Ok, so I do understand there is a market for this sort of thing. Let’s face it; the Wii is the most popular console in the market. It’s targeted at the casual user but primarily used at family functions involving large groups of morons drinking alcohol and pretending they’re Tiger Woods. I have to admit, playing a party game when you have a lot of people around your house is brilliant idea, what’s not brilliant is giving us what are essentially weapons, and telling us to play games. I do get that it’s not a prerequisite to consume copious amounts of alcohol, but let’s face it, what fun is a party without it? I also see the benefits of the balance board and Wii fit game; it’s like paying for a permanent aerobics class.
Nintendo have always set trends and it was a pretty sure-fire assumption that Sony and Microsoft would eventually cash in on motion control too. After all where is the fun in letting Nintendo take all the credit? Sony are giving us the “move”, which is apparently going to revolutionise gaming and Microsoft is giving us what is currently names Project Natal. Both companies are trying to market their own version of motion control as the best thing to be hitting the gaming market but in reality it seems to be nothing more than a dick waving contest.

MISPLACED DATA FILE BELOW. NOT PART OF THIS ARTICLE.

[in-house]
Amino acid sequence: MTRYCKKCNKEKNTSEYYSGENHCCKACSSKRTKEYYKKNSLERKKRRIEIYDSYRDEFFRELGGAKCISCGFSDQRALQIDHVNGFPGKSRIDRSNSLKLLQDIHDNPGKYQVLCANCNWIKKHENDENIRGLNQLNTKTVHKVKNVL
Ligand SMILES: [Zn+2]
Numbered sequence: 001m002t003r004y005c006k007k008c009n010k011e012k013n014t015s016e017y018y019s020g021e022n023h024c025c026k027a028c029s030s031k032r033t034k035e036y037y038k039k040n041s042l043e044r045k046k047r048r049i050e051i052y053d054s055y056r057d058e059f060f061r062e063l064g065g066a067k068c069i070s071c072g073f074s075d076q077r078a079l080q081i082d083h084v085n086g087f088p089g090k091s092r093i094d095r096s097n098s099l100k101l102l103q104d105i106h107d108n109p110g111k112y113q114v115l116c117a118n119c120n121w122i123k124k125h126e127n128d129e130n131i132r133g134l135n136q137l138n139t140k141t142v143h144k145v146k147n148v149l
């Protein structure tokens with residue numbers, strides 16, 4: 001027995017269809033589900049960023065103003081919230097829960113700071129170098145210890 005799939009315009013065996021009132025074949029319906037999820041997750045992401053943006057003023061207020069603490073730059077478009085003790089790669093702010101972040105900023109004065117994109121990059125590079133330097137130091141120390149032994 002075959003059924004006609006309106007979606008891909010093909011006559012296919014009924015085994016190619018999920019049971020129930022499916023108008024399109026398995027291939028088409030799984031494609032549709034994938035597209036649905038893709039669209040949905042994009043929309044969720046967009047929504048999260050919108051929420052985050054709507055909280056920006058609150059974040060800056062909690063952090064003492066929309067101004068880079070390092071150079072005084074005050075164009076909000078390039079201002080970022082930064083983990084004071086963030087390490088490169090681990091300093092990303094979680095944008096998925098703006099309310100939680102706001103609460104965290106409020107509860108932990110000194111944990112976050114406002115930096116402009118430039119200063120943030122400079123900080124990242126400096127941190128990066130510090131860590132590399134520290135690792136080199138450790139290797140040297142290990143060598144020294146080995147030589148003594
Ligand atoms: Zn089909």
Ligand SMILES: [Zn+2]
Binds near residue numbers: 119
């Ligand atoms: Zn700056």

The Playstation Move comes packed with the “Navigation Controller” and uses a combination of accelerometers and the Eye Toy to focus on depth perception (Basically it’s a Wii remote combined with a lit orb and uses the camera to check distance and some movement). It’s not the most original idea; in reality is similar technology that is used in motion capture within movies, it’s just scaled down and simplified.